Unsere Buchfeen haben in Biologie aufgepasst. Sie erklären, dass diese Haltung von der Natur so eingerichtet sei, um den Blütenstaub trocken zu halten und ihn vor Schnee und Regen zu beschützen. Da es zu dieser Zeit des Jahres wenige Insekten gibt, beugen sie ihre Köpfchen, dass ihr feiner Duft erhalten und auffindbar bleibt.

Snowdrops actually originate from the higher altitudes of the European Alps. Unfortunately, we have not been able to find out how they spread from their heights to the lower regions. Some think they spread from monastery gardens to the countryside in the 15th century. In any case, they reproduce extremely successfully underground, unnoticed, without you having to do anything. The ideal plant for the lazy gardener.

Eigentlich stammen die Schneeglöckchen aus den höheren Lagen der europäischen Alpen. Wie sie aus ihren Höhen ausgehend auch die tieferen Gebiete besiedelt haben, das haben wir ihnen leider nicht entlocken können. Manch einer meint, sie hätten sich im 15. Jh. von Klostergärten ins umliegende Land ausgebreitet. Jedenfalls vermehren sie sich äußerst erfolgreich unbemerkt im Untergrund, ohne dass man etwas machen muss. Die ideale Pflanze für den faulen Gärtner.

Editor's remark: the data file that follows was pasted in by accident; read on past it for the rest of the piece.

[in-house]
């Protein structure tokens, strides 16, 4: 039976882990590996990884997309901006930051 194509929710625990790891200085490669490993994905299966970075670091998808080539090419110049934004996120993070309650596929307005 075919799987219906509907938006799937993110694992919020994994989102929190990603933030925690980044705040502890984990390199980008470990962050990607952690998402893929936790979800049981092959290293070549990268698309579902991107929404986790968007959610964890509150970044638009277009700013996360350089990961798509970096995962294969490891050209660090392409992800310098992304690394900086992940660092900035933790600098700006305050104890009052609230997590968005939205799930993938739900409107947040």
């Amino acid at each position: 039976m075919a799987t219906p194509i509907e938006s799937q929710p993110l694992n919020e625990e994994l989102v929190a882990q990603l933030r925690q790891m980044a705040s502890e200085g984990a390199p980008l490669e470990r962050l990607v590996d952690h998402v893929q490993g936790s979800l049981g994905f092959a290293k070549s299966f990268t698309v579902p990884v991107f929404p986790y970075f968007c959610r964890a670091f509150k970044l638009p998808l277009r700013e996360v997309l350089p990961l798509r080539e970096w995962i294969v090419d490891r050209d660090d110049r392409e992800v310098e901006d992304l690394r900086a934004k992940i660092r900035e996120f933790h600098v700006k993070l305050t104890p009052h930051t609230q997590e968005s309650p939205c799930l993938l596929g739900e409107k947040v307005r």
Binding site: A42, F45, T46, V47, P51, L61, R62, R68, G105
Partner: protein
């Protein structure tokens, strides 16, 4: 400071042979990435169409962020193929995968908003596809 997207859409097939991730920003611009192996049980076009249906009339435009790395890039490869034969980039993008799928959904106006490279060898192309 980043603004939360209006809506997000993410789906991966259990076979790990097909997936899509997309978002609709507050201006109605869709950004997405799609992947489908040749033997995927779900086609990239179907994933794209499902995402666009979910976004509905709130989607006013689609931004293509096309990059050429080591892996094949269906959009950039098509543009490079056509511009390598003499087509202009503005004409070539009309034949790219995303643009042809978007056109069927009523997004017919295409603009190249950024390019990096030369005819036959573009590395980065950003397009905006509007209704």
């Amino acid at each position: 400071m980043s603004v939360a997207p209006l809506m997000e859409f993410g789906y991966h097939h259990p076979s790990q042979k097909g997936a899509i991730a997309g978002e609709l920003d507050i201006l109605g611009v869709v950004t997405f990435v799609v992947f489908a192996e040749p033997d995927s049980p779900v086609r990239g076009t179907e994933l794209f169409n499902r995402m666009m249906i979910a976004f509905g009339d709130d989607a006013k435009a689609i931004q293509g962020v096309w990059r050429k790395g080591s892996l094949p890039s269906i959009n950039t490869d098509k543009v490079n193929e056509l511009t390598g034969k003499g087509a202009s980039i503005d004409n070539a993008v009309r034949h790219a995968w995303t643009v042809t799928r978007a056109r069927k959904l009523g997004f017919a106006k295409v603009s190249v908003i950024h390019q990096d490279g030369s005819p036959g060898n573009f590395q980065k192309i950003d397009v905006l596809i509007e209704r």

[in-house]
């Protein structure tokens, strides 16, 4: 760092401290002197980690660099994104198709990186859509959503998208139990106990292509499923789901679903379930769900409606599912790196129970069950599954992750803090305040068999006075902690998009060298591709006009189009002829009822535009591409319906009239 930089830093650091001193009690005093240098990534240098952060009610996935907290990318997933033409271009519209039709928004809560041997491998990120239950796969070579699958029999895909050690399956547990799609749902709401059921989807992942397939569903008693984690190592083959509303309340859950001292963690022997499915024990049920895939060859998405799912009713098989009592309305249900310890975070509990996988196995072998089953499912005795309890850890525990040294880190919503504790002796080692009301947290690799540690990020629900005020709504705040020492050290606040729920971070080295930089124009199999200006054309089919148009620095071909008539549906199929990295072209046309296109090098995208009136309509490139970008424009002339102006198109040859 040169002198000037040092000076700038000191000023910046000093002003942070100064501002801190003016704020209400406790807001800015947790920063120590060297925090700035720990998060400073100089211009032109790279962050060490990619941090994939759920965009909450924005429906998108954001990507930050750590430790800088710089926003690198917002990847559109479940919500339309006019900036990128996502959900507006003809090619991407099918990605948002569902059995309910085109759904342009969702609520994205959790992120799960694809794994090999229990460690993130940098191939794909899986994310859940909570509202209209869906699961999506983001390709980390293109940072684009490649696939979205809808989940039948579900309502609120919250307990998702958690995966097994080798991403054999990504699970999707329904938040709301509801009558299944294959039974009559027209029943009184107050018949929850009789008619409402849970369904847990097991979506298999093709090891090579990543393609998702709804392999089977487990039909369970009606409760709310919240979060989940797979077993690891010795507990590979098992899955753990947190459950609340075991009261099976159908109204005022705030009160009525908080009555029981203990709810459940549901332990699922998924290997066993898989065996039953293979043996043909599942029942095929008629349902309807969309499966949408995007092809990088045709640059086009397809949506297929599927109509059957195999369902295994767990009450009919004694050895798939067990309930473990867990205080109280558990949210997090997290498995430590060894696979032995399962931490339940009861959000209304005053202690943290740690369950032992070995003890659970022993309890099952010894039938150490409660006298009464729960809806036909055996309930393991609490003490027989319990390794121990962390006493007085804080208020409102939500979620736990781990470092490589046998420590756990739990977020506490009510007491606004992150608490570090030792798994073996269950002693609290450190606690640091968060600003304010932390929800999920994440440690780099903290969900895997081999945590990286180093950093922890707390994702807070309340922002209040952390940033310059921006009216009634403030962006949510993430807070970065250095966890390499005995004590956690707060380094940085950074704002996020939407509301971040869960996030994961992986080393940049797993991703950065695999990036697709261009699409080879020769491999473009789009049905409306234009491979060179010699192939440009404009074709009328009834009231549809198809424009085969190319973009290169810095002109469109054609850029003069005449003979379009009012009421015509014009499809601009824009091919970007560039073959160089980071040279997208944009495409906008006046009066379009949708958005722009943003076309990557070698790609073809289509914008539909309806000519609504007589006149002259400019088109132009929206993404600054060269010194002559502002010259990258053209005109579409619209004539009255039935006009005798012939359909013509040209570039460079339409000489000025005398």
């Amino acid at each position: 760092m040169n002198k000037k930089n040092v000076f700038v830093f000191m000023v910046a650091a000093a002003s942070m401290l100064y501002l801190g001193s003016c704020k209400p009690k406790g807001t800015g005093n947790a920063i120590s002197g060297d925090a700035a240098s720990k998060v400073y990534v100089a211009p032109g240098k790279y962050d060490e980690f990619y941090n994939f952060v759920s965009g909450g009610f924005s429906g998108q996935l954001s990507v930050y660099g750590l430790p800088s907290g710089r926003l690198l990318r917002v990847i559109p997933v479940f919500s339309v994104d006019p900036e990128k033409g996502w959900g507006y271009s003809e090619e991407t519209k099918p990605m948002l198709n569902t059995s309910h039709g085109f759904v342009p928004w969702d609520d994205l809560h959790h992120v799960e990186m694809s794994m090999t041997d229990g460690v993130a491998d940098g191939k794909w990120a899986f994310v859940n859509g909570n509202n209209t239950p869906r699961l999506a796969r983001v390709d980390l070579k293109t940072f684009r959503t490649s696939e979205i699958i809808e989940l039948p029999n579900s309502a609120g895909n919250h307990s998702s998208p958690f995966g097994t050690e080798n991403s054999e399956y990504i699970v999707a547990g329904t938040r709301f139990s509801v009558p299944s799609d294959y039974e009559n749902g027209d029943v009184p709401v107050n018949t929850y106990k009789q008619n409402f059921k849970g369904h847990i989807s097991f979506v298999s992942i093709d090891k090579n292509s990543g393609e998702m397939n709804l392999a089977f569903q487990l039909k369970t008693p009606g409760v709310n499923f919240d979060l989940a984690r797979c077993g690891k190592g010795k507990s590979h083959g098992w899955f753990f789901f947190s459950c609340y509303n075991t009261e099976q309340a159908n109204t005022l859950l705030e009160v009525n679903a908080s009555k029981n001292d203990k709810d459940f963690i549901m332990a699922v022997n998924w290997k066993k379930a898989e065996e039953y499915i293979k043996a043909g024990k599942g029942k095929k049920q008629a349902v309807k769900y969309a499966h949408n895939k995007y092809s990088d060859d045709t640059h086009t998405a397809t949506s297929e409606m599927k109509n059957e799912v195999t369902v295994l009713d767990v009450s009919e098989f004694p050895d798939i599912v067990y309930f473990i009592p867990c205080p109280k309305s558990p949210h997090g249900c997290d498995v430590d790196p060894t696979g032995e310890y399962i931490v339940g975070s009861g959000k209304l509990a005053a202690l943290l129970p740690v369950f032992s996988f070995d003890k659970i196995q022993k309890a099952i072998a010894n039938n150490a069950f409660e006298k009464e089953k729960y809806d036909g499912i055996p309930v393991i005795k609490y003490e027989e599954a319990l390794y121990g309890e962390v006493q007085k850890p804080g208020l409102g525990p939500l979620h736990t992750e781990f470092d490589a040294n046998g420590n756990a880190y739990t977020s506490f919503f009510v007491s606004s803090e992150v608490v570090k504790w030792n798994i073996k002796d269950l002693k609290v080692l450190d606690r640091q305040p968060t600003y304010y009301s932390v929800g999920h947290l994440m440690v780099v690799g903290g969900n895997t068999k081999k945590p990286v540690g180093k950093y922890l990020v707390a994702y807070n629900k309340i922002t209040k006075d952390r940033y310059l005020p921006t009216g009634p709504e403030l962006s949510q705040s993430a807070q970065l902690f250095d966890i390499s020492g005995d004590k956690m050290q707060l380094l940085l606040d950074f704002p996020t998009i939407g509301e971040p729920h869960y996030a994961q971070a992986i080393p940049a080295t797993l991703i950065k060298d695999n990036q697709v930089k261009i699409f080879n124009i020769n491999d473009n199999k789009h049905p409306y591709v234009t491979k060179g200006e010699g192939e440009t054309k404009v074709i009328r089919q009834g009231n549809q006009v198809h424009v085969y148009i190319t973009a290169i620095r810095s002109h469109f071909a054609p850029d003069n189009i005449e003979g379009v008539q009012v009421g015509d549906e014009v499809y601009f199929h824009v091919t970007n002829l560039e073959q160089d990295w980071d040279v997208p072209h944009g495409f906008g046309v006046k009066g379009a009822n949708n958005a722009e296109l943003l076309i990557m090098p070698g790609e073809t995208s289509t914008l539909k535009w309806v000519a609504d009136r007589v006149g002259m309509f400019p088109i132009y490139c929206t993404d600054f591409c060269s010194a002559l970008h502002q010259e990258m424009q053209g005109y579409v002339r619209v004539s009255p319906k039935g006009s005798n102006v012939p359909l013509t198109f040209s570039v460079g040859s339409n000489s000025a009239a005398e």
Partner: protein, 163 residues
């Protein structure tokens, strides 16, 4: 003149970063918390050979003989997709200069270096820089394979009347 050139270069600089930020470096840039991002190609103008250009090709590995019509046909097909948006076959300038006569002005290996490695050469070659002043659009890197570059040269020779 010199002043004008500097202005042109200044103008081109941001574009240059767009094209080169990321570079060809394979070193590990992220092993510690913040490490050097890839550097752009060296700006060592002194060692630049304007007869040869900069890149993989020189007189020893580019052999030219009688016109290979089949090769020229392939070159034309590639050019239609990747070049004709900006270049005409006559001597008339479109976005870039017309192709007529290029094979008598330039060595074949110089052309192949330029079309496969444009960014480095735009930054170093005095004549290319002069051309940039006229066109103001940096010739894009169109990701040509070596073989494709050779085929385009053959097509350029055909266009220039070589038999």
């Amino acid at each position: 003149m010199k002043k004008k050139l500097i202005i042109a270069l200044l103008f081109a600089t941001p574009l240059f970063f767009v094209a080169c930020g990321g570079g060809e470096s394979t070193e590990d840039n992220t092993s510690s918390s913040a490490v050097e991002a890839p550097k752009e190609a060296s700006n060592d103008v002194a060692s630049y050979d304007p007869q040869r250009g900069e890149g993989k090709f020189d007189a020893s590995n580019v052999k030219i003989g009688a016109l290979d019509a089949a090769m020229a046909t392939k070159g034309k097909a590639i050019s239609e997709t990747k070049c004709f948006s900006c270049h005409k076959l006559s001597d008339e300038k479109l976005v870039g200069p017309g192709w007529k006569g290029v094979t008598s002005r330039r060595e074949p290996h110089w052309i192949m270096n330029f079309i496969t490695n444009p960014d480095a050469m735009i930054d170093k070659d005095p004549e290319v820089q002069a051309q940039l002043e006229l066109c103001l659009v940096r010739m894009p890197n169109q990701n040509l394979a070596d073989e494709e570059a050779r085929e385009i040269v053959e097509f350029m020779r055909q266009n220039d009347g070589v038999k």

Wishing you all the best

Mit lieben Grüßen von uns allen

The Fab Four of Cley
🙂 🙂 🙂 🙂

.

© Text and illustrations, Hanne Siebers and Klausbernd Vollmar, Cley next the Sea, 2023

93 thoughts

  1. I never knew all this tradition surrounding Snowdrops. But they have not appeared yet in Beetley, which is sad. I love to see them.
    Thanks for the information, and the wonderful photos too.
    Love from Beetley, Pete and Ollie. X

    Liked by 2 people

    • Dear Fraggle,
      we thought with minus eight at night it would be too cold here as well but they don’t seem to mind.
      Thanks for liking Dina’s photos.
      Keep well
      The Fab Four of Cley
      🙂 🙂 🙂 🙂

      Liked by 1 person

    • We love snowdrops as well, dear Vicki. That’s why this is already our third blogpost about them.